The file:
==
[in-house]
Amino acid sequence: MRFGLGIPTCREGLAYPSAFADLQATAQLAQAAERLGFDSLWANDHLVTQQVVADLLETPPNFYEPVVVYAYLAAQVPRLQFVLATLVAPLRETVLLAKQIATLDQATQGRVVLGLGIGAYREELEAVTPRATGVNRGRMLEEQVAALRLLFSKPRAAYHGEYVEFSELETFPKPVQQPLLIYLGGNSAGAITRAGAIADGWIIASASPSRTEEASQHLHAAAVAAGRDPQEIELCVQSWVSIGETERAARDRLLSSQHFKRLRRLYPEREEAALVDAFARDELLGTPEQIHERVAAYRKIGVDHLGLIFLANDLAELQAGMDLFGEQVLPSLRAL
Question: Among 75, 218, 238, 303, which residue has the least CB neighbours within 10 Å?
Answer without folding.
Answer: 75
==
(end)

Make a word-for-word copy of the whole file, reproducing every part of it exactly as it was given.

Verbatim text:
[in-house]
Amino acid sequence: MRFGLGIPTCREGLAYPSAFADLQATAQLAQAAERLGFDSLWANDHLVTQQVVADLLETPPNFYEPVVVYAYLAAQVPRLQFVLATLVAPLRETVLLAKQIATLDQATQGRVVLGLGIGAYREELEAVTPRATGVNRGRMLEEQVAALRLLFSKPRAAYHGEYVEFSELETFPKPVQQPLLIYLGGNSAGAITRAGAIADGWIIASASPSRTEEASQHLHAAAVAAGRDPQEIELCVQSWVSIGETERAARDRLLSSQHFKRLRRLYPEREEAALVDAFARDELLGTPEQIHERVAAYRKIGVDHLGLIFLANDLAELQAGMDLFGEQVLPSLRAL
Question: Among 75, 218, 238, 303, which residue has the least CB neighbours within 10 Å?
Answer without folding.
Answer: 75